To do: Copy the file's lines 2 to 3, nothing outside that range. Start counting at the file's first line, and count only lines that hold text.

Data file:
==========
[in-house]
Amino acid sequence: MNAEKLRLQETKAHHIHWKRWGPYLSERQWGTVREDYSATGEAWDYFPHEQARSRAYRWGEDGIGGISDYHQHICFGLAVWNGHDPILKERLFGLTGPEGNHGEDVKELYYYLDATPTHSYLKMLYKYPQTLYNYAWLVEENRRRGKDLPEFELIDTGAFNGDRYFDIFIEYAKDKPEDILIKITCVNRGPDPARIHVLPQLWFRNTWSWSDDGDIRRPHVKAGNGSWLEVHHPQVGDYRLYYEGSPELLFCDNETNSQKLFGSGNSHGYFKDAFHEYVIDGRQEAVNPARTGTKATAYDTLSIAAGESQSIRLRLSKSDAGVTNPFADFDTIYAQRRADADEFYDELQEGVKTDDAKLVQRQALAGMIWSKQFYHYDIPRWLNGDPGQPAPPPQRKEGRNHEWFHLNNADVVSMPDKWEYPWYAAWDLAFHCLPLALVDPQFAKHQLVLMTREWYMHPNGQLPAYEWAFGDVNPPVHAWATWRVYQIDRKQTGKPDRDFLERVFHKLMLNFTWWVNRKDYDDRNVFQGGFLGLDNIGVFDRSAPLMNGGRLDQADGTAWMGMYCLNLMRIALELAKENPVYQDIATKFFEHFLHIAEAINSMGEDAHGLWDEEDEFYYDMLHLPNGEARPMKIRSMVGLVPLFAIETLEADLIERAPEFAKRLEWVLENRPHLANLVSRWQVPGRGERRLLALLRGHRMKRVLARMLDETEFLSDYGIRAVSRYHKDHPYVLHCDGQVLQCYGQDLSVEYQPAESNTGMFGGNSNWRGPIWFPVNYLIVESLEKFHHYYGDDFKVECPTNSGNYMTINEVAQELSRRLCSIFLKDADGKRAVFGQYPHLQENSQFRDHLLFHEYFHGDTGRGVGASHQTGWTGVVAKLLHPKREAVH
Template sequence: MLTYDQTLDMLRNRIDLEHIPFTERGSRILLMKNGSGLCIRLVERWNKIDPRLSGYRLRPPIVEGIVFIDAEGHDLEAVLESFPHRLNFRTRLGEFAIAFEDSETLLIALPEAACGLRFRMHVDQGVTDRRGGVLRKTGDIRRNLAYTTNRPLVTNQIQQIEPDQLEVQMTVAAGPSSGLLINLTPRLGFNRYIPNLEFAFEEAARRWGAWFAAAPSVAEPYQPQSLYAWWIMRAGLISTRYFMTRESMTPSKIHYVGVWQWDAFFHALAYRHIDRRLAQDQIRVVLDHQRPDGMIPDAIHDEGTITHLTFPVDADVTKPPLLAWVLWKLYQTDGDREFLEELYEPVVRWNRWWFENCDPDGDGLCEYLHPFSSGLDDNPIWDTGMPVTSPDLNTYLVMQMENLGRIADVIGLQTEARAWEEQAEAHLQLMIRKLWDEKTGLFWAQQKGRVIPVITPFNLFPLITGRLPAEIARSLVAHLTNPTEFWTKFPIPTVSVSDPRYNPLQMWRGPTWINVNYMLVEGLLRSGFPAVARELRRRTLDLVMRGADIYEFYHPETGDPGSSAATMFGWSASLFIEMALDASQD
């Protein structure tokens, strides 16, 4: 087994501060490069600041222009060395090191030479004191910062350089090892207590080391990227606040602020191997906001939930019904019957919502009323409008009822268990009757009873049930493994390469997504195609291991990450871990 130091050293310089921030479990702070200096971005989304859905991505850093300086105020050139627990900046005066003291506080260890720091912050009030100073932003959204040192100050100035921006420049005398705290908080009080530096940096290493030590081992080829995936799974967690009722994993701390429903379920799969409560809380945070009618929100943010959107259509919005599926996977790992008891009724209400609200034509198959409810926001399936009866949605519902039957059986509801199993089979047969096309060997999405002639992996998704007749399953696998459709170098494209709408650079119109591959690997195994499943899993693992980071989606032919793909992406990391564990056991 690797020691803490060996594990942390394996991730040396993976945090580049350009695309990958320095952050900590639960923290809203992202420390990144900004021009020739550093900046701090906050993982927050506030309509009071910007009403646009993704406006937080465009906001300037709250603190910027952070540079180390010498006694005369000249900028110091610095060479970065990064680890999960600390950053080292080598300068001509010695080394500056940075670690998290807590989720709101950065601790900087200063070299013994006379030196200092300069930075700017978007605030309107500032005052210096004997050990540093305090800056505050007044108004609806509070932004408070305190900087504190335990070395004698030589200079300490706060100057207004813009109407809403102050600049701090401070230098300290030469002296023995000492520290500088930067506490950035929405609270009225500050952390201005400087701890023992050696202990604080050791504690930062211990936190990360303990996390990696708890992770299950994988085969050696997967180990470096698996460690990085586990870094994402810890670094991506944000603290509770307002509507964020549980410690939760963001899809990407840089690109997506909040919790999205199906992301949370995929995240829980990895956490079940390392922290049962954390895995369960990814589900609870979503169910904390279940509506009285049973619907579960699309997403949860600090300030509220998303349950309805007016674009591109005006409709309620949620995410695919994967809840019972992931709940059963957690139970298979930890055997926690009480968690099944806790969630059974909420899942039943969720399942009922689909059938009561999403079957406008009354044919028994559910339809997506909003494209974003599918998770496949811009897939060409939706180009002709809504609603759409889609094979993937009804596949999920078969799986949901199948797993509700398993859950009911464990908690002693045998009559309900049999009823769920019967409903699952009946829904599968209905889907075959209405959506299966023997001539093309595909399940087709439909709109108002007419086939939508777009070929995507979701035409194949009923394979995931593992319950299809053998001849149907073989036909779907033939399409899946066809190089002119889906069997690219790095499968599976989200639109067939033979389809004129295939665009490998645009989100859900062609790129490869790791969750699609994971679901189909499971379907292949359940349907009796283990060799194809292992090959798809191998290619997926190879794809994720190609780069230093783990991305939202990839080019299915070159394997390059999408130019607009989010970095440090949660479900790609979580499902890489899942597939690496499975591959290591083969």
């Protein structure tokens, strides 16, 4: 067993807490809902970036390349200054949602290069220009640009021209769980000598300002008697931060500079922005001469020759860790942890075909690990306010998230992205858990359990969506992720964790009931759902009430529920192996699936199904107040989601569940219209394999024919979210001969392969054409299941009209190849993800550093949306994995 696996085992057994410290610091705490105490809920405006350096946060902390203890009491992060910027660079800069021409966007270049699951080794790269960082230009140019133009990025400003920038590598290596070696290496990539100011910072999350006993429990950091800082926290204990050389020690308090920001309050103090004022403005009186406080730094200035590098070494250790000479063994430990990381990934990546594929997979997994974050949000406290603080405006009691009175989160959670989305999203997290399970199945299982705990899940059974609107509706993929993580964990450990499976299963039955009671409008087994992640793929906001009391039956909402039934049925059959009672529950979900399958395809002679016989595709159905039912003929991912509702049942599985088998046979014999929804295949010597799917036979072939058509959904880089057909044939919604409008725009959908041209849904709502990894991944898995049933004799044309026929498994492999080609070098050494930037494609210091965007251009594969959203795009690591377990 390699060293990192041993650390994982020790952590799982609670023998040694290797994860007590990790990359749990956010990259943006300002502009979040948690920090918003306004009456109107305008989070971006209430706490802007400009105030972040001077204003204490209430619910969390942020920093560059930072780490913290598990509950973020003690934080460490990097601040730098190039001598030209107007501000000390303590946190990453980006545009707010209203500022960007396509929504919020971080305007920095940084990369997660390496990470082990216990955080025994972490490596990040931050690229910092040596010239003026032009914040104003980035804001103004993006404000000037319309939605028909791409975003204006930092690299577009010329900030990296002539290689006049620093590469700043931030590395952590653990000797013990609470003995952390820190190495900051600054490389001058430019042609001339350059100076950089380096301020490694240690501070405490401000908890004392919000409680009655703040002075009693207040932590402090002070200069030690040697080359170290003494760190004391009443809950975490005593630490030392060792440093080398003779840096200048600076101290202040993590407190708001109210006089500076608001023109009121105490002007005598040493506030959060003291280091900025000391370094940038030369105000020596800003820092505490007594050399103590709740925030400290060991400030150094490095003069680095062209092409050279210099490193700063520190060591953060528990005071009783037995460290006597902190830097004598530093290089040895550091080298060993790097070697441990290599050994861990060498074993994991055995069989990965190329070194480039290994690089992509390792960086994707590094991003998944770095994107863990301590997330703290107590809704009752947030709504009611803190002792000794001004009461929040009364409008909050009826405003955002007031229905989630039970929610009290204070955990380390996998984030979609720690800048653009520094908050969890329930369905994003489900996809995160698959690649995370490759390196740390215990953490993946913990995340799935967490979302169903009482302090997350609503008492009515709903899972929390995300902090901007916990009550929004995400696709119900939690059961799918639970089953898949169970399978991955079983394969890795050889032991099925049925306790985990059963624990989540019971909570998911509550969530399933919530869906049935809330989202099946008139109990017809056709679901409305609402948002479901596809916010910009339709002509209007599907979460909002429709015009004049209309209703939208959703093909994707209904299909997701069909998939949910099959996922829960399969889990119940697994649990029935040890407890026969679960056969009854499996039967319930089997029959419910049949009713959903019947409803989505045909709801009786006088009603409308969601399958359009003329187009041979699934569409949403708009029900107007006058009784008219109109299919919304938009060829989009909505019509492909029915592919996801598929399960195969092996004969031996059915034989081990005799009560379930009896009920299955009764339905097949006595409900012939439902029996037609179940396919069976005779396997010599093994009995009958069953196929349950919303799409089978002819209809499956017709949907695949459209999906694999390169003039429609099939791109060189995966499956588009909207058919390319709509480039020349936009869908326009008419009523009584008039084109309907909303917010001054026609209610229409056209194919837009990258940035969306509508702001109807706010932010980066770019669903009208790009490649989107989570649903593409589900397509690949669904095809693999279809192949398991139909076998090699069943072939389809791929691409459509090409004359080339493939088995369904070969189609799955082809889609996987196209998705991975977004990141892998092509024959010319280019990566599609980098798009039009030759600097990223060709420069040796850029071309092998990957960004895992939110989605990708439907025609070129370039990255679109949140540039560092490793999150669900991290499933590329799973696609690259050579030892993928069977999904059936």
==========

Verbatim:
Amino acid sequence: MNAEKLRLQETKAHHIHWKRWGPYLSERQWGTVREDYSATGEAWDYFPHEQARSRAYRWGEDGIGGISDYHQHICFGLAVWNGHDPILKERLFGLTGPEGNHGEDVKELYYYLDATPTHSYLKMLYKYPQTLYNYAWLVEENRRRGKDLPEFELIDTGAFNGDRYFDIFIEYAKDKPEDILIKITCVNRGPDPARIHVLPQLWFRNTWSWSDDGDIRRPHVKAGNGSWLEVHHPQVGDYRLYYEGSPELLFCDNETNSQKLFGSGNSHGYFKDAFHEYVIDGRQEAVNPARTGTKATAYDTLSIAAGESQSIRLRLSKSDAGVTNPFADFDTIYAQRRADADEFYDELQEGVKTDDAKLVQRQALAGMIWSKQFYHYDIPRWLNGDPGQPAPPPQRKEGRNHEWFHLNNADVVSMPDKWEYPWYAAWDLAFHCLPLALVDPQFAKHQLVLMTREWYMHPNGQLPAYEWAFGDVNPPVHAWATWRVYQIDRKQTGKPDRDFLERVFHKLMLNFTWWVNRKDYDDRNVFQGGFLGLDNIGVFDRSAPLMNGGRLDQADGTAWMGMYCLNLMRIALELAKENPVYQDIATKFFEHFLHIAEAINSMGEDAHGLWDEEDEFYYDMLHLPNGEARPMKIRSMVGLVPLFAIETLEADLIERAPEFAKRLEWVLENRPHLANLVSRWQVPGRGERRLLALLRGHRMKRVLARMLDETEFLSDYGIRAVSRYHKDHPYVLHCDGQVLQCYGQDLSVEYQPAESNTGMFGGNSNWRGPIWFPVNYLIVESLEKFHHYYGDDFKVECPTNSGNYMTINEVAQELSRRLCSIFLKDADGKRAVFGQYPHLQENSQFRDHLLFHEYFHGDTGRGVGASHQTGWTGVVAKLLHPKREAVH
Template sequence: MLTYDQTLDMLRNRIDLEHIPFTERGSRILLMKNGSGLCIRLVERWNKIDPRLSGYRLRPPIVEGIVFIDAEGHDLEAVLESFPHRLNFRTRLGEFAIAFEDSETLLIALPEAACGLRFRMHVDQGVTDRRGGVLRKTGDIRRNLAYTTNRPLVTNQIQQIEPDQLEVQMTVAAGPSSGLLINLTPRLGFNRYIPNLEFAFEEAARRWGAWFAAAPSVAEPYQPQSLYAWWIMRAGLISTRYFMTRESMTPSKIHYVGVWQWDAFFHALAYRHIDRRLAQDQIRVVLDHQRPDGMIPDAIHDEGTITHLTFPVDADVTKPPLLAWVLWKLYQTDGDREFLEELYEPVVRWNRWWFENCDPDGDGLCEYLHPFSSGLDDNPIWDTGMPVTSPDLNTYLVMQMENLGRIADVIGLQTEARAWEEQAEAHLQLMIRKLWDEKTGLFWAQQKGRVIPVITPFNLFPLITGRLPAEIARSLVAHLTNPTEFWTKFPIPTVSVSDPRYNPLQMWRGPTWINVNYMLVEGLLRSGFPAVARELRRRTLDLVMRGADIYEFYHPETGDPGSSAATMFGWSASLFIEMALDASQD